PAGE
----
In an effort to improve its cash position, MNC Financial Inc. has announced definitive agreements to sell its leasing operation and four industrial banks in Colorado for a total of $300 million.
The announcement comes as MNC, the parent company of Maryland National Bank, is trying to recover from bad real estate loans that were the primary cause of a $241.9 million loss in the first nine months of the year.
MNC faces a deadline today for a new agreement with a bank syndicate headed by Morgan Guaranty Trust Co. on the terms of a $750 million line of credit.
MNC needs the line of credit from Morgan to continue to pay its bills and to meet debt obligations that are coming due soon. Bank analysts expect the terms of the credit line to be renegotiated.
Reflecting MNC's poor financial health, the rating firm of Standard & Poor's Corp. yesterday downgraded MNC's already low credit rating and put it on a credit-watch list with "negative lTC implications." The new ratings, which affect about $1.3 billion in debt, were issued five hours before MNC's sale announcement.
General Electric Capital Corp., a subsidiary of General Electric Co., has agreed to buy substantially all of the assets of the Leasing Division of MNC Credit Corp.
Four industrial banks in Colorado owned by MNC are to be bought by Blazer Financial Corp., a subsidiary of Great Western Financial Corp.
MNC said the sale of the two divisions would raise $300 million, which would be used to pay off debt.
The company declined to break down the sale price of the units. However, the leasing subsidiary, which was created in 1973, is the larger of the two divisions with a reported $300 million in assets.
MNC said it hopes to complete the sale of the leasing operation by the end of the year and the sale of the industrial banks during the first three months of next year.
"The acquisition of MNC's highly regarded leasing operation furthers GE Capital's position as the largest middle-market equipment-financing business in North America and helps position the business to provide an even broader range of services for our customers," said Michael A. Neal, general manager of GE Capital Commercial Equipment Financing.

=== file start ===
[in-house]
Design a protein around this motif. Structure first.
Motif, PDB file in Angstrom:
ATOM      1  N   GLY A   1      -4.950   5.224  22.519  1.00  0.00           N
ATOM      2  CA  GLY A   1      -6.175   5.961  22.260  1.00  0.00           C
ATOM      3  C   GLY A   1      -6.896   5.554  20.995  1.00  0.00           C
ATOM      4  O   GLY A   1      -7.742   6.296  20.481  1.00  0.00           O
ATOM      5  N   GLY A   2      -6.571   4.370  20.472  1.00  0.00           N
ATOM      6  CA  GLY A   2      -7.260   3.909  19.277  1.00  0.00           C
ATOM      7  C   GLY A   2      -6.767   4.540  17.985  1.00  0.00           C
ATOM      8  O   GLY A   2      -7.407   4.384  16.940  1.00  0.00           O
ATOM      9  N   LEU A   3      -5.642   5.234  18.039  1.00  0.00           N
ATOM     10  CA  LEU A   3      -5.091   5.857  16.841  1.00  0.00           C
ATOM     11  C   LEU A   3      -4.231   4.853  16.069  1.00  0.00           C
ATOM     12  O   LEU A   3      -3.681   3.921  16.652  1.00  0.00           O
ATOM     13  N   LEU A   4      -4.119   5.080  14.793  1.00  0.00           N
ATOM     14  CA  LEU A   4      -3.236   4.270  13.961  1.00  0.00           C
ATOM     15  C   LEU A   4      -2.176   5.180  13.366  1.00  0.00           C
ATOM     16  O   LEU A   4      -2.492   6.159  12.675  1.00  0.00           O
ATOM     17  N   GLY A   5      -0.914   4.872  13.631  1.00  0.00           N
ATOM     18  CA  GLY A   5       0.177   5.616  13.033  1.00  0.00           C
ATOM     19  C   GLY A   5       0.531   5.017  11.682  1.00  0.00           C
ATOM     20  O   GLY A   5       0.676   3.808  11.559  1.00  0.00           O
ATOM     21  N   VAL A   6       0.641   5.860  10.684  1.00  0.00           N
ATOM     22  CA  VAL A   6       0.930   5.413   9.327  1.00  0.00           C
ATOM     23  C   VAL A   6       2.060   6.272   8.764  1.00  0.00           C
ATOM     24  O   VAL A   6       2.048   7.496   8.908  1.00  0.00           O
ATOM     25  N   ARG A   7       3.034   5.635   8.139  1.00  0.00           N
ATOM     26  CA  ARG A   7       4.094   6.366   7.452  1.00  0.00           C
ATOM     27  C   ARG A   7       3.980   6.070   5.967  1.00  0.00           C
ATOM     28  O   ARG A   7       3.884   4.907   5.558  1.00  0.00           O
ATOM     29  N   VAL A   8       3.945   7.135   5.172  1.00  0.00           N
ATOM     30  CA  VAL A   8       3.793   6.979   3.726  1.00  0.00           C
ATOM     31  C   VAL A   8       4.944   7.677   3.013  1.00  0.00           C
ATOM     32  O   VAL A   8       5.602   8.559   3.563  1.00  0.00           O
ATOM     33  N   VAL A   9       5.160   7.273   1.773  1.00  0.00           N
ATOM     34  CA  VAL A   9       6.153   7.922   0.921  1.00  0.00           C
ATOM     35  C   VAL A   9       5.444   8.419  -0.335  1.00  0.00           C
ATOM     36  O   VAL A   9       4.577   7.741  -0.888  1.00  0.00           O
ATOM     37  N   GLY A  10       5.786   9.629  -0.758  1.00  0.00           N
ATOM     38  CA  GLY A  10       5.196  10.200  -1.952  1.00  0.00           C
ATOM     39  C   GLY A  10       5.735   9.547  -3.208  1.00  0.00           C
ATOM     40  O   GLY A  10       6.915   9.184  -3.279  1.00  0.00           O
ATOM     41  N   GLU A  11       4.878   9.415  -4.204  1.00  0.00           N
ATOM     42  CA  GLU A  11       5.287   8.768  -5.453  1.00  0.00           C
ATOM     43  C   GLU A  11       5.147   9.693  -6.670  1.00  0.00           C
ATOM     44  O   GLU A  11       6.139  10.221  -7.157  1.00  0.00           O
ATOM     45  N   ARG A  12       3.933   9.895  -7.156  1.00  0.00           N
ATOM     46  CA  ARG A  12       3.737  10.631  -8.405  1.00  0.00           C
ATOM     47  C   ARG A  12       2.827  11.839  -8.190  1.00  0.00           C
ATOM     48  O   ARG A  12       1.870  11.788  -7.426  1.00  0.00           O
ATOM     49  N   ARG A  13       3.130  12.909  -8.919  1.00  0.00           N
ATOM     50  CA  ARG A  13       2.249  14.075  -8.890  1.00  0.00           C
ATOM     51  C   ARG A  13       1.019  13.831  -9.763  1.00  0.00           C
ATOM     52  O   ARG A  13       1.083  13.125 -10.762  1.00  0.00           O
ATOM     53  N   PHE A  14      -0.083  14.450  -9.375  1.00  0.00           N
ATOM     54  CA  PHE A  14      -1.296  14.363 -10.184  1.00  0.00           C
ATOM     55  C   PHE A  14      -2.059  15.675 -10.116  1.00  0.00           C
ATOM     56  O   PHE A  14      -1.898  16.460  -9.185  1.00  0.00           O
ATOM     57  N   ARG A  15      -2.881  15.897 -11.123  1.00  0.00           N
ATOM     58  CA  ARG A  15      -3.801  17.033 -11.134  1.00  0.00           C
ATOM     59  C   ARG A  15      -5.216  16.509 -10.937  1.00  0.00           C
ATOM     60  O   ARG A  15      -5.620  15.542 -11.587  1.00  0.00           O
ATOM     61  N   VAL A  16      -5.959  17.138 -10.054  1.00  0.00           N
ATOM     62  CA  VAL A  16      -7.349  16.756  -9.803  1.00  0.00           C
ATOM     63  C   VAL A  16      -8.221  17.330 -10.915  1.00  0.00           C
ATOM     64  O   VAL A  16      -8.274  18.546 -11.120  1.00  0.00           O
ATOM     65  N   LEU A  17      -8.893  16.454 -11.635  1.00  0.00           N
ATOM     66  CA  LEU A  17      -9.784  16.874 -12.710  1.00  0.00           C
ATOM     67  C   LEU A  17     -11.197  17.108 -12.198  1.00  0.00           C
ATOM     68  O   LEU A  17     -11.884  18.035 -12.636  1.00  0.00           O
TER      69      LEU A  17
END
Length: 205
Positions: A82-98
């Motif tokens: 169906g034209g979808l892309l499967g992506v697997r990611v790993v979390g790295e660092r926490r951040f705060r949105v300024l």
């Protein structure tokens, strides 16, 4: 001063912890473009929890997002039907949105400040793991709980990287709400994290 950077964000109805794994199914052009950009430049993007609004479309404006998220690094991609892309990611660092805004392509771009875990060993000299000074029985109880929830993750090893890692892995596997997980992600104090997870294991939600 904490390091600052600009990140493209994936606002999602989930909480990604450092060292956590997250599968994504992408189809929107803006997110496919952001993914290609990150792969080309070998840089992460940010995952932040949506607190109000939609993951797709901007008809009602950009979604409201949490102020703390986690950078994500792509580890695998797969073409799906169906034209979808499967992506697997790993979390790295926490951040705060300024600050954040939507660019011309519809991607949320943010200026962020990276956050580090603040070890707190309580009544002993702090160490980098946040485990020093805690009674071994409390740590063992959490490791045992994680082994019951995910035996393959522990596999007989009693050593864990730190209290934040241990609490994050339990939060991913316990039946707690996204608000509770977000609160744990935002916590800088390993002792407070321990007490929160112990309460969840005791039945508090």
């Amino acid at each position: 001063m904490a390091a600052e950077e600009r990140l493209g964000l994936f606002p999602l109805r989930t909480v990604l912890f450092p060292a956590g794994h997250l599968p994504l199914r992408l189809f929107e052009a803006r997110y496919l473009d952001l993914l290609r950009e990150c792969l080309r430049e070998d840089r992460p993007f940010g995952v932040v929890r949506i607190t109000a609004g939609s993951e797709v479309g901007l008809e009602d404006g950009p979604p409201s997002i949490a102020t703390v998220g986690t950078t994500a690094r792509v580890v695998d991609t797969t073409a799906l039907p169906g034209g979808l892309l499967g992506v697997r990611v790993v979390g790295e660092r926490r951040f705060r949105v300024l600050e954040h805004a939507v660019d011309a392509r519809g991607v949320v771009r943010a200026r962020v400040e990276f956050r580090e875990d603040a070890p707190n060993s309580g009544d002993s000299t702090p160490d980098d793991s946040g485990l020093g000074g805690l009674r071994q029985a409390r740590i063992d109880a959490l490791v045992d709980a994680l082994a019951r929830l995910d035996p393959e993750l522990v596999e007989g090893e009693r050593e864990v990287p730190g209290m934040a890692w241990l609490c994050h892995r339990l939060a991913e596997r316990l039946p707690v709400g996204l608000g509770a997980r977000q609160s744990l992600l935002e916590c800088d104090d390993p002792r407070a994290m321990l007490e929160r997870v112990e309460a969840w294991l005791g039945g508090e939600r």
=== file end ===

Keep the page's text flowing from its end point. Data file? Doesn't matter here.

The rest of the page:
As MNC is selling its assets, the company is trying to hang onto an important $750 million line of credit from the syndicate headed by Morgan. This line was put into jeopardy when MNC did not meet certain liquidity requirements, but bank analysts believe the syndicate of banks will renegotiate the agreement.
"In my view, it gives Morgan a chance to strengthen their position by demanding more collateral or higher interest," said David S. Penn, a bank analyst for Legg Mason Wood Walker, the Baltimore stock brokerage firm.
Under the Sept. 28 agreement with Morgan, $600 million of the line of credit was made immediately available to MNC to replace maturing short-term borrowings and commercial paper.
On Monday MNC announced that it had received an extension until today to meet liquidity requirements. Liquidity is the amount of cash and marketable securities that are available to a company.
Under the agreement, MNC was supposed to have additional cumulative liquidity of $300 million as of last Monday. Additional liquidity is supposed to reach $575 million by Jan. 5 and $650 million by Jan. 26.
"Pursuant to the original terms, the line becomes payable immediately on the respective dates if the corporation [MNC] is unable to obtain the additional liquidity requirement," according to MNC's third quarter report to shareholders.
Adding to the company's problems, MNC also has to pay off $170 million in notes on Tuesday.
"People's concerns about MNC's future are understandable given the uncertainties in the situation," said John A. Heffern, a bank analyst for Alex. Brown & Sons Inc., a Baltimore investment banking firm. "But my betting is the Morgan syndicate will ride with them at least for the time being," he said.
As part of its effort to bolster its finances, MNC is trying to sell its profitable credit-card division, MBNA America.
If it does not get a buyer for MBNA, MNC is preparing spin off the unit as a publicly traded company. Such an initial stock offering could bring MNC as much as $1.13 billion, using initial estimates of the stock's price.
In a press release yesterday, S&P said it lowered MNC's rating because of its "heavy concentration in construction and commercial real estate loans, and mounting evidence that the region's real estate markets have continued to deteriorate."
The agency also cited MNC's "stressed liquidity position," which will force it to pay off substantial amounts of company debt over the next five months. To do this, the company must sell several of its assets, S&P said.